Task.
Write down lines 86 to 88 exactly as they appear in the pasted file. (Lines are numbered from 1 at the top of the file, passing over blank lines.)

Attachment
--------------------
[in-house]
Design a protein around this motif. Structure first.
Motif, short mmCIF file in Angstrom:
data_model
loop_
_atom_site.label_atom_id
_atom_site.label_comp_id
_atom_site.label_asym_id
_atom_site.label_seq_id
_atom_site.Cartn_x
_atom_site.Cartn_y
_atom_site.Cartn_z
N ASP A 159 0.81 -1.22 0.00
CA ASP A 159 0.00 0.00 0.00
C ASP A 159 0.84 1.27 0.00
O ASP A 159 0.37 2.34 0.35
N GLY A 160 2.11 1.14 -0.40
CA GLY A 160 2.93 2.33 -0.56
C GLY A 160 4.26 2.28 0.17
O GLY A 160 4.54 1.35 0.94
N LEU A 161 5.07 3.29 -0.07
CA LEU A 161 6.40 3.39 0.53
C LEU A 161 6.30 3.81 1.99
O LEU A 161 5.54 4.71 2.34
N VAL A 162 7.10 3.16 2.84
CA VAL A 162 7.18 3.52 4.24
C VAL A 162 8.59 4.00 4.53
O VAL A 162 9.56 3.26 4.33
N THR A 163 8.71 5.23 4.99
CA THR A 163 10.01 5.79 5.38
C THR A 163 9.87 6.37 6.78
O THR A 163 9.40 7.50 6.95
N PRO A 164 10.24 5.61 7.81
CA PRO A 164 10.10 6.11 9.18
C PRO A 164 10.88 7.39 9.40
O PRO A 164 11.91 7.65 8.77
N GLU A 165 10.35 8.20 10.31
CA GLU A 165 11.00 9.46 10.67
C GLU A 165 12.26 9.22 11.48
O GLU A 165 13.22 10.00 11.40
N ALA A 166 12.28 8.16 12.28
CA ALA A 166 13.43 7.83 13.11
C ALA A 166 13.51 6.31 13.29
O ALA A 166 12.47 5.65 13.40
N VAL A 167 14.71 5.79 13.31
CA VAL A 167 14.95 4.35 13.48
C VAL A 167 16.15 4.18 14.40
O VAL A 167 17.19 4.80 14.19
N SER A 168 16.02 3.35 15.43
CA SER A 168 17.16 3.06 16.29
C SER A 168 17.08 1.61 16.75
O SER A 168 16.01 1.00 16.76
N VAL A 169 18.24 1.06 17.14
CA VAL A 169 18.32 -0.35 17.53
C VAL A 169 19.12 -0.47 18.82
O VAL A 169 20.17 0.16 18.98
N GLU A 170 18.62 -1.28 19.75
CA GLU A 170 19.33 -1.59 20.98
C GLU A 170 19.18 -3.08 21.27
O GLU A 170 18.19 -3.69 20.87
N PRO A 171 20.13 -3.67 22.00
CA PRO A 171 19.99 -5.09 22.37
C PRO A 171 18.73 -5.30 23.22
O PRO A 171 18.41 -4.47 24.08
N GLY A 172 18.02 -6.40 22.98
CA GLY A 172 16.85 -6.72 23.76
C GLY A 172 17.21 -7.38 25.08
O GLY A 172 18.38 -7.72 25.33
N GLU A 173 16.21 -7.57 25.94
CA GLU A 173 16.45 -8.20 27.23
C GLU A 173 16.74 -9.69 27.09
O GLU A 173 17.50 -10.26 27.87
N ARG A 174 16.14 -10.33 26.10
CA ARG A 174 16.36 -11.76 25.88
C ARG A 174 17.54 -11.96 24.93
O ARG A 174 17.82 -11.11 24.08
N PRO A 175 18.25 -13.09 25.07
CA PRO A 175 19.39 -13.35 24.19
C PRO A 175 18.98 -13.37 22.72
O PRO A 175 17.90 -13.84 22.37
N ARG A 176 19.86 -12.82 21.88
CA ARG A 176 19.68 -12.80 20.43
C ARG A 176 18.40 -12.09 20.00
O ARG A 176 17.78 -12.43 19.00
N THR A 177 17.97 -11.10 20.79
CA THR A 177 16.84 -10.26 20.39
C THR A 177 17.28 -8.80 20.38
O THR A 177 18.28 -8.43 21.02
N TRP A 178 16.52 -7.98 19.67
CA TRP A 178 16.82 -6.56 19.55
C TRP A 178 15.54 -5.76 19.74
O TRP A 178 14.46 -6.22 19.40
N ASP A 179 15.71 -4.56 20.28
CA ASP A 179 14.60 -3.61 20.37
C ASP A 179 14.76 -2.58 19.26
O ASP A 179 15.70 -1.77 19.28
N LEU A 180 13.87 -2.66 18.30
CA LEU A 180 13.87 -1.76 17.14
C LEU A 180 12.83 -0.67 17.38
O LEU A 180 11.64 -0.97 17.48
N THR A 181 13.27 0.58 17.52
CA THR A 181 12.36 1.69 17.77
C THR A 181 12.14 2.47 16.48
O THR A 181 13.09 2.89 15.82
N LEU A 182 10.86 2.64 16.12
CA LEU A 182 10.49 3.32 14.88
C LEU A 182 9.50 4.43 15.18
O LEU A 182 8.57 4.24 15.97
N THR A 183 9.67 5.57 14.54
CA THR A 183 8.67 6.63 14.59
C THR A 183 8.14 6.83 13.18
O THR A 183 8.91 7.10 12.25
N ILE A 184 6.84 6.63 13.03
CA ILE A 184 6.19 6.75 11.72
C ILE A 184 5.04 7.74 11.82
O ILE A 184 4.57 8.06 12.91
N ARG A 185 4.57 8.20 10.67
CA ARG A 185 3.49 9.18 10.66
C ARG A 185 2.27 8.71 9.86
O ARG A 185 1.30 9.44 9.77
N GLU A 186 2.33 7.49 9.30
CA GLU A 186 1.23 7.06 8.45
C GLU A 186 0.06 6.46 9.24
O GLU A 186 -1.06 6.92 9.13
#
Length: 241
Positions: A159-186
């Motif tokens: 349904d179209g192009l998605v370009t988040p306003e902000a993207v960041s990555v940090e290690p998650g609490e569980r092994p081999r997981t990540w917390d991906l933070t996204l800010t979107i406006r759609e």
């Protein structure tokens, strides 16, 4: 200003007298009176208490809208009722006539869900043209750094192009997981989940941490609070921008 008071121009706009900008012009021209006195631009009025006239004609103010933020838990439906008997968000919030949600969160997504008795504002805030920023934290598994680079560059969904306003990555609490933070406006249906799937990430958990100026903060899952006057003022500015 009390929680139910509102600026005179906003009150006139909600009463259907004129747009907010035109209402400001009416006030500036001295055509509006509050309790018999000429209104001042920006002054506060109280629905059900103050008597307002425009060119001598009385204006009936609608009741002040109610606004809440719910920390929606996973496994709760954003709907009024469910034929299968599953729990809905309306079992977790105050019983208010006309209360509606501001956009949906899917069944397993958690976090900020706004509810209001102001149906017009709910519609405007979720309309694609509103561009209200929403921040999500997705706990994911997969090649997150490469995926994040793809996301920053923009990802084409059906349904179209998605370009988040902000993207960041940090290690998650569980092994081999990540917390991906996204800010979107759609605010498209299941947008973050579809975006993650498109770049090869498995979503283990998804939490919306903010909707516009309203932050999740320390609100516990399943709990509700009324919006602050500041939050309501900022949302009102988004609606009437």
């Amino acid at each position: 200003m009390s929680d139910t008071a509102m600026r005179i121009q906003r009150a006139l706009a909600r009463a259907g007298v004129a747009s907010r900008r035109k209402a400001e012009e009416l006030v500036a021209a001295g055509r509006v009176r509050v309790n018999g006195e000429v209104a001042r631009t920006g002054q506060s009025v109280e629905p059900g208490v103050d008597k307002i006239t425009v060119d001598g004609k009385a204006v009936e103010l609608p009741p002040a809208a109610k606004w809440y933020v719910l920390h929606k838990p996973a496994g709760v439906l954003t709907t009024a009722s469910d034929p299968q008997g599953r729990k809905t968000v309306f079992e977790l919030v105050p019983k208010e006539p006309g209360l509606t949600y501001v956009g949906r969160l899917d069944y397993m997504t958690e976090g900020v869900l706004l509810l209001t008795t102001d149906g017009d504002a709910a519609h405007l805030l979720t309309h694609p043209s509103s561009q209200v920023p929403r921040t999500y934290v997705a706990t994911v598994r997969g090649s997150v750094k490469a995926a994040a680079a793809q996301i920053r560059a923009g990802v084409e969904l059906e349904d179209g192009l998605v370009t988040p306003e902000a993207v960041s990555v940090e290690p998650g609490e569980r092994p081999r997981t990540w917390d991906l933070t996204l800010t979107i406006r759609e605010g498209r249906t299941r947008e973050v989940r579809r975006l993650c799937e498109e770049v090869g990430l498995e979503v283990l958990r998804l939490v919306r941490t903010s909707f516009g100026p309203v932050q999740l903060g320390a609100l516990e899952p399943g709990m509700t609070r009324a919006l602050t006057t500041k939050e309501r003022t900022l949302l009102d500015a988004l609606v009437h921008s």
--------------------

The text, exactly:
CA THR A 177 16.84 -10.26 20.39
C THR A 177 17.28 -8.80 20.38
O THR A 177 18.28 -8.43 21.02